Once, transparencies were made of thin painted paper or cloth. The translucent effect was achieved by mixing the colours with mastic varnish or burnt lined oil, and by applying a touch of spirit of turpentine to all things on the picture that should glow especially light, e.g. the moon, and illuminated windows. Popular ground colours were Prussian blue, Burnt Sienna, Verdigris and Ivory Black.
Today, we can cheat a bit by using our favourite photos, fresh from the inkjet printer. For this year’s Christmas Season I have created several designs for translucent paper lanterns – Austenesque, Gothic and Baroque. Check them out at the latest exhibition at the Museum of Creativity and even try your hand at paper lantern design yourself.
Anna M. Thane
Each month at Regency Explorer, I provide Regency Enthusiasts with a summary of the new non-fiction books about the Georgian Age.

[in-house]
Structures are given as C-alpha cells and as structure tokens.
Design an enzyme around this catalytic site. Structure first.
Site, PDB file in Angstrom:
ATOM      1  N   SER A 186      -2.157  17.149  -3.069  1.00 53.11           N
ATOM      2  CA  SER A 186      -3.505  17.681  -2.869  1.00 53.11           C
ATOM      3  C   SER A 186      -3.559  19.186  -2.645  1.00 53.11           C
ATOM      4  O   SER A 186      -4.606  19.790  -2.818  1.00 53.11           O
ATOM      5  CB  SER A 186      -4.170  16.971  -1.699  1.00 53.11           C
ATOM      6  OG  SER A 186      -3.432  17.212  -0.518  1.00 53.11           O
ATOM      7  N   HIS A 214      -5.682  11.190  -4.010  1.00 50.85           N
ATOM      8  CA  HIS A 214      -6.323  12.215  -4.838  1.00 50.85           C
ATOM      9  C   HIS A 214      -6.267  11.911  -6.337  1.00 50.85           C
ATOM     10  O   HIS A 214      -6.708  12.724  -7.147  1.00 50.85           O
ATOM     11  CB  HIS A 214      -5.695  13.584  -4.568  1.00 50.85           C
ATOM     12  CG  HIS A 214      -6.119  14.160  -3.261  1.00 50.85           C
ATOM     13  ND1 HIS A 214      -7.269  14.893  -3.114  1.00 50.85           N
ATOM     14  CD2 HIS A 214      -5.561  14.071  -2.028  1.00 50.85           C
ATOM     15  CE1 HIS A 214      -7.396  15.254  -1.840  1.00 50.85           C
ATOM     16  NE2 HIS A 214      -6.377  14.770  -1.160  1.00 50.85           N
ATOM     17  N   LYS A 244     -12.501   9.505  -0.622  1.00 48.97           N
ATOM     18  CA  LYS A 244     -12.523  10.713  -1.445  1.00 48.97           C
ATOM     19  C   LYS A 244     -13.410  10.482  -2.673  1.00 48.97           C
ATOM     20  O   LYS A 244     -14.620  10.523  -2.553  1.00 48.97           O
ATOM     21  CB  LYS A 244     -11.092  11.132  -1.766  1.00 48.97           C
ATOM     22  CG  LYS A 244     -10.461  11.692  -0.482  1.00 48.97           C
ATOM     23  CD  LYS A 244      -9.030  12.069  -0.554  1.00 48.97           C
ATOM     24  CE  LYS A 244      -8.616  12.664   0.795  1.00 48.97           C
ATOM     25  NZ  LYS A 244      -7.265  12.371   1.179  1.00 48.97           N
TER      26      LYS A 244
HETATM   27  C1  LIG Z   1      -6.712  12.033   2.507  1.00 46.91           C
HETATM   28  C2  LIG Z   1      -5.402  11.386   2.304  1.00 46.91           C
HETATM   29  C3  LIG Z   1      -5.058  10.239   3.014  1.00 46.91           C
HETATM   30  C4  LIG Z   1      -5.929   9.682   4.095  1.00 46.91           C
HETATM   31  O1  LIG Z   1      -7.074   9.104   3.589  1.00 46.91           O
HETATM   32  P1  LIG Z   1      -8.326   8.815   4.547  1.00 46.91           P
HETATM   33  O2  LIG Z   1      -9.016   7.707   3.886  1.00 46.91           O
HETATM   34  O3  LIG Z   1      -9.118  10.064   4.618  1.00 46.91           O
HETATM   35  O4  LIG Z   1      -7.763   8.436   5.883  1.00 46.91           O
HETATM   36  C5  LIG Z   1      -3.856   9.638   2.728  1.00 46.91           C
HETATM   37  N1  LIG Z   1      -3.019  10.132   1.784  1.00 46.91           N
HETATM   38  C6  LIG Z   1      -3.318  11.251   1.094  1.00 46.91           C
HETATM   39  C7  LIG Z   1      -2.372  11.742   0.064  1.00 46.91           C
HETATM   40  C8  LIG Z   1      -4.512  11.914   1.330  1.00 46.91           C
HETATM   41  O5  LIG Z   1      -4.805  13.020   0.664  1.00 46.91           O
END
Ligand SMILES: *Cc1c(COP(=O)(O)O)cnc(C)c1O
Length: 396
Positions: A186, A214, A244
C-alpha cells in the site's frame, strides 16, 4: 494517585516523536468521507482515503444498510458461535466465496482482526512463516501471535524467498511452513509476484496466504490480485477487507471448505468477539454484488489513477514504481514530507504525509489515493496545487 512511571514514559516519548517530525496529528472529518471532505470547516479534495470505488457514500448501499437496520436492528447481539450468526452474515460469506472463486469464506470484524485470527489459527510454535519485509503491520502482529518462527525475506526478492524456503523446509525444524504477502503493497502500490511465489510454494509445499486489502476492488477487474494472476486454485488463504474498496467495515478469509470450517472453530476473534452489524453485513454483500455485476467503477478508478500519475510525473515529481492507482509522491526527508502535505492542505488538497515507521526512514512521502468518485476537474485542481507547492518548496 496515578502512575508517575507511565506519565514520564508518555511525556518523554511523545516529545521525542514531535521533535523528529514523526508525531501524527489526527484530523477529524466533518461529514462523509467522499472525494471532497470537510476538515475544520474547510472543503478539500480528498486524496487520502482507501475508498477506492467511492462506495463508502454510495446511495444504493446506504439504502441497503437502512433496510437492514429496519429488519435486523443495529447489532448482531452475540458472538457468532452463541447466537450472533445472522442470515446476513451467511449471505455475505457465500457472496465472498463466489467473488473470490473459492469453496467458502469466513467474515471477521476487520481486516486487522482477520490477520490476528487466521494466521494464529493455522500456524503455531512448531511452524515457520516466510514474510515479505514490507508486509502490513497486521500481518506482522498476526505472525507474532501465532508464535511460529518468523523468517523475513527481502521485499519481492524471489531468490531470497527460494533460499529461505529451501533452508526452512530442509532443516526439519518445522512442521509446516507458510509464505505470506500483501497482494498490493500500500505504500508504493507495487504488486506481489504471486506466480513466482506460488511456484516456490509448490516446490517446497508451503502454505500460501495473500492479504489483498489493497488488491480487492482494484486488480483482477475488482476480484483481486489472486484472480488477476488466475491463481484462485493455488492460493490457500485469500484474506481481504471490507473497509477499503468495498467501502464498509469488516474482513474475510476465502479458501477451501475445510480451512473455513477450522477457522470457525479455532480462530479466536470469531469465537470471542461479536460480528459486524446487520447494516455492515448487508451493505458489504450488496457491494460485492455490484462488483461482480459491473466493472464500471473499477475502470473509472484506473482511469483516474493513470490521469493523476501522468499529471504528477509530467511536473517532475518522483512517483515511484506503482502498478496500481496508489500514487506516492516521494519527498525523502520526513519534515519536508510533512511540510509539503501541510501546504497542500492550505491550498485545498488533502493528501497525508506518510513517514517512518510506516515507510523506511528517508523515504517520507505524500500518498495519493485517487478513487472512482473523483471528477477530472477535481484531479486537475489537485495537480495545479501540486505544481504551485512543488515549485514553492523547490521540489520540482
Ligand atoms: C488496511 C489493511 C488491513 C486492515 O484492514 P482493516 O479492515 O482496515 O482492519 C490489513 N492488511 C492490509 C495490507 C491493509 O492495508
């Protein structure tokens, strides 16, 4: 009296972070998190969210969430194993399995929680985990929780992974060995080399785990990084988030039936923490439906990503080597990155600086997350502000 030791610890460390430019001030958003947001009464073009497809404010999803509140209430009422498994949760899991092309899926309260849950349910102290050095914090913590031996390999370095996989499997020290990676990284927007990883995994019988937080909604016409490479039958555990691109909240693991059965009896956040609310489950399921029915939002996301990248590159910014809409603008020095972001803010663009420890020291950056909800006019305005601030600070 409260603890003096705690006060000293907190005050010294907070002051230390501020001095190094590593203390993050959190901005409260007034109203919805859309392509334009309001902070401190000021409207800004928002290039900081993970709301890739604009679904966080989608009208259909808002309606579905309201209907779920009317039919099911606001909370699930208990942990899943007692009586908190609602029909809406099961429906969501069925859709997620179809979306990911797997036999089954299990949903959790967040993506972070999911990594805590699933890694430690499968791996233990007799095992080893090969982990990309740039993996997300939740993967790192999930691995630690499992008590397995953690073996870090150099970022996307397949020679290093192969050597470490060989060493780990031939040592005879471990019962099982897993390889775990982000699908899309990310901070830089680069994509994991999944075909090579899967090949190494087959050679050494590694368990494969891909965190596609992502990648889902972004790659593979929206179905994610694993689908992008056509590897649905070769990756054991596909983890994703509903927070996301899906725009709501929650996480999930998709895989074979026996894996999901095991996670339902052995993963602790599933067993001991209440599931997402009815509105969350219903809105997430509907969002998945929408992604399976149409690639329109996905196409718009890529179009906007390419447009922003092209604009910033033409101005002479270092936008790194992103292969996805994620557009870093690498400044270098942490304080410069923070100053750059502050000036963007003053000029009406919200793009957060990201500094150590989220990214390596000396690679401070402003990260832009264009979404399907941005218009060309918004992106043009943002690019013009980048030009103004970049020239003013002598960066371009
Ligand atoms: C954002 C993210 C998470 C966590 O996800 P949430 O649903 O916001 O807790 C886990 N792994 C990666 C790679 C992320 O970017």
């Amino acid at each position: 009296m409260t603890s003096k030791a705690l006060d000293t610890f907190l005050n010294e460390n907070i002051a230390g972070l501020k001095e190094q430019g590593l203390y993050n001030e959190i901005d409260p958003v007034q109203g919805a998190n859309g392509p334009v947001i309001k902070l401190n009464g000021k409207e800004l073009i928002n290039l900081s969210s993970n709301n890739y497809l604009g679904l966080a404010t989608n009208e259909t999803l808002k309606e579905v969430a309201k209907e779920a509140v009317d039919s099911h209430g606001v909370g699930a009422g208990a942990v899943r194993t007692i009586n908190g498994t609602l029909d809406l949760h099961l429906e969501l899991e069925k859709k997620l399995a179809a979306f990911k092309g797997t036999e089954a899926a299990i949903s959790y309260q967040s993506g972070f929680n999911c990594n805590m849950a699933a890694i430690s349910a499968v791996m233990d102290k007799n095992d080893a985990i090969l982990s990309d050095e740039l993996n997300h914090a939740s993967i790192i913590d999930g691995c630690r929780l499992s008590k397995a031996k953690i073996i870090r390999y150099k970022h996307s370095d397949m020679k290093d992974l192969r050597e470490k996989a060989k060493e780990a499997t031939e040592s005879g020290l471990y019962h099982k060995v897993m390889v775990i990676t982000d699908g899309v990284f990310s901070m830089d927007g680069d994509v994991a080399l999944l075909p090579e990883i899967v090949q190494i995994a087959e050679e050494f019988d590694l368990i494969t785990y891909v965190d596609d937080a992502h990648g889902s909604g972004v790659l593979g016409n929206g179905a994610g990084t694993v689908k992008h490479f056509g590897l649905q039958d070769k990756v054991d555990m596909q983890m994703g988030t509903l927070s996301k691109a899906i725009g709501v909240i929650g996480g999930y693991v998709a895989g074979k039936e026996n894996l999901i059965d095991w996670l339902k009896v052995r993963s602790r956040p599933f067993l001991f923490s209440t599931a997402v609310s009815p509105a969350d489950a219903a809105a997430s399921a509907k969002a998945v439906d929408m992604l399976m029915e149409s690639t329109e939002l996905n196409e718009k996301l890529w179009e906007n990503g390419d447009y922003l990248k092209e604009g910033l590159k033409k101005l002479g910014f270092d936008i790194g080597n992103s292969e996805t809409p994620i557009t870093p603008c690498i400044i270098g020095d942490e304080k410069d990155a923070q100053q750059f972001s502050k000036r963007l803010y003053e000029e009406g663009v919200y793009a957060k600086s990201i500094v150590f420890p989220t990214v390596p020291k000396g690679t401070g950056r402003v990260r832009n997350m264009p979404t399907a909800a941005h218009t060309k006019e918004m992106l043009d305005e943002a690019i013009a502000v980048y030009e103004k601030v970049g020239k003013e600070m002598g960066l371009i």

Click here to go directly to the updated list with a selection of new releases scheduled for November.
Which is your favourite new release of the month? Mine is – well, I can’t decide. I have two favourites. Continue reading
About 250 years ago, science spread into the world and everyday life. People asked how scientific progress and inventions could make life better and easier. They set out to develop and pursue new ideas. Some of these are still around today. In the fourth part of my series, we discover how the invention of a Scottish mechanical engineer changed the office world forever.
The Letter Copying Press and Mr Watt’s Secrets Recipes for Ink and Liquor
Dear Regency Enthusiast